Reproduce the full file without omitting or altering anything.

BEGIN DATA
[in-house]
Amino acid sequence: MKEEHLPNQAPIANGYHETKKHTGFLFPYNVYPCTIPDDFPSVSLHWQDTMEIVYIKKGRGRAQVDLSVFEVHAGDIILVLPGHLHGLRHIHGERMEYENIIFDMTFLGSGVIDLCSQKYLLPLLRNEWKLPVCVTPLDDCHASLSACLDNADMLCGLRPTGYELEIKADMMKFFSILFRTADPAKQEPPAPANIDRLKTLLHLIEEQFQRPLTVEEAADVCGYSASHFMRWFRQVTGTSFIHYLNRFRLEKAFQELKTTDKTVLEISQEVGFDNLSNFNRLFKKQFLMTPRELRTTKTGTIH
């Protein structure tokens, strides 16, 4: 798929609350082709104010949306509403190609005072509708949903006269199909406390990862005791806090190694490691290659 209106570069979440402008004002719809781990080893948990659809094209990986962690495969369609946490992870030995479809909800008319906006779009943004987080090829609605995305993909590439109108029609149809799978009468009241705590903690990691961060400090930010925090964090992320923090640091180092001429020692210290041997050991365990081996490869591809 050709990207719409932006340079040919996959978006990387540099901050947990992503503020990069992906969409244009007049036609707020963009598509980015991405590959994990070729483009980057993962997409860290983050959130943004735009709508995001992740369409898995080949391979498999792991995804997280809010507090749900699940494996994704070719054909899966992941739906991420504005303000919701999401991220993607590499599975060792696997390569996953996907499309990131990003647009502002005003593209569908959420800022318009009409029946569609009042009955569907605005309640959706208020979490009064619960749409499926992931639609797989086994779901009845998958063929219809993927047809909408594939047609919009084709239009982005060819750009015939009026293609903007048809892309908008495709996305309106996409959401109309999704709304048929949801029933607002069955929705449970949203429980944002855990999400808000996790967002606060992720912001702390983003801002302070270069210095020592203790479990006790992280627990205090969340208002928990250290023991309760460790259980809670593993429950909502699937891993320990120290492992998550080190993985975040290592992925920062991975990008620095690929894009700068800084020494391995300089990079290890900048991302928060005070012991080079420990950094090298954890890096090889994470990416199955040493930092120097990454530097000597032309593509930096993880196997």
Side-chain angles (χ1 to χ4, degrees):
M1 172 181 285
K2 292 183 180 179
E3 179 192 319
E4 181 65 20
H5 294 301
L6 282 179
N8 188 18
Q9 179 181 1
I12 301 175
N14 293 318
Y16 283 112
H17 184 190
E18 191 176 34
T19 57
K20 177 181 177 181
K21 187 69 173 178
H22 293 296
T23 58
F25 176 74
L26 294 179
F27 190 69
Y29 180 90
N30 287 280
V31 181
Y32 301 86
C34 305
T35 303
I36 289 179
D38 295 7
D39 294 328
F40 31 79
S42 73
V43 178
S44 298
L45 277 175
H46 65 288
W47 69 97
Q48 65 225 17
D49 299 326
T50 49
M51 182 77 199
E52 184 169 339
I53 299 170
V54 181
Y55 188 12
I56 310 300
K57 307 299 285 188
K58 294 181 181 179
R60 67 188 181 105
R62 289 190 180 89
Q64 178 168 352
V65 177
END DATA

[in-house]
Amino acid sequence: MKEEHLPNQAPIANGYHETKKHTGFLFPYNVYPCTIPDDFPSVSLHWQDTMEIVYIKKGRGRAQVDLSVFEVHAGDIILVLPGHLHGLRHIHGERMEYENIIFDMTFLGSGVIDLCSQKYLLPLLRNEWKLPVCVTPLDDCHASLSACLDNADMLCGLRPTGYELEIKADMMKFFSILFRTADPAKQEPPAPANIDRLKTLLHLIEEQFQRPLTVEEAADVCGYSASHFMRWFRQVTGTSFIHYLNRFRLEKAFQELKTTDKTVLEISQEVGFDNLSNFNRLFKKQFLMTPRELRTTKTGTIH
């Protein structure tokens, strides 16, 4: 798929609350082709104010949306509403190609005072509708949903006269199909406390990862005791806090190694490691290659 209106570069979440402008004002719809781990080893948990659809094209990986962690495969369609946490992870030995479809909800008319906006779009943004987080090829609605995305993909590439109108029609149809799978009468009241705590903690990691961060400090930010925090964090992320923090640091180092001429020692210290041997050991365990081996490869591809 050709990207719409932006340079040919996959978006990387540099901050947990992503503020990069992906969409244009007049036609707020963009598509980015991405590959994990070729483009980057993962997409860290983050959130943004735009709508995001992740369409898995080949391979498999792991995804997280809010507090749900699940494996994704070719054909899966992941739906991420504005303000919701999401991220993607590499599975060792696997390569996953996907499309990131990003647009502002005003593209569908959420800022318009009409029946569609009042009955569907605005309640959706208020979490009064619960749409499926992931639609797989086994779901009845998958063929219809993927047809909408594939047609919009084709239009982005060819750009015939009026293609903007048809892309908008495709996305309106996409959401109309999704709304048929949801029933607002069955929705449970949203429980944002855990999400808000996790967002606060992720912001702390983003801002302070270069210095020592203790479990006790992280627990205090969340208002928990250290023991309760460790259980809670593993429950909502699937891993320990120290492992998550080190993985975040290592992925920062991975990008620095690929894009700068800084020494391995300089990079290890900048991302928060005070012991080079420990950094090298954890890096090889994470990416199955040493930092120097990454530097000597032309593509930096993880196997």
Side-chain angles (χ1 to χ4, degrees):
M1 172 181 285
K2 292 183 180 179
E3 179 192 319
E4 181 65 20
H5 294 301
L6 282 179
N8 188 18
Q9 179 181 1
I12 301 175
N14 293 318
Y16 283 112
H17 184 190
E18 191 176 34
T19 57
K20 177 181 177 181
K21 187 69 173 178
H22 293 296
T23 58
F25 176 74
L26 294 179
F27 190 69
Y29 180 90
N30 287 280
V31 181
Y32 301 86
C34 305
T35 303
I36 289 179
D38 295 7
D39 294 328
F40 31 79
S42 73
V43 178
S44 298
L45 277 175
H46 65 288
W47 69 97
Q48 65 225 17
D49 299 326
T50 49
M51 182 77 199
E52 184 169 339
I53 299 170
V54 181
Y55 188 12
I56 310 300
K57 307 299 285 188
K58 294 181 181 179
R60 67 188 181 105
R62 289 190 180 89
Q64 178 168 352
V65 177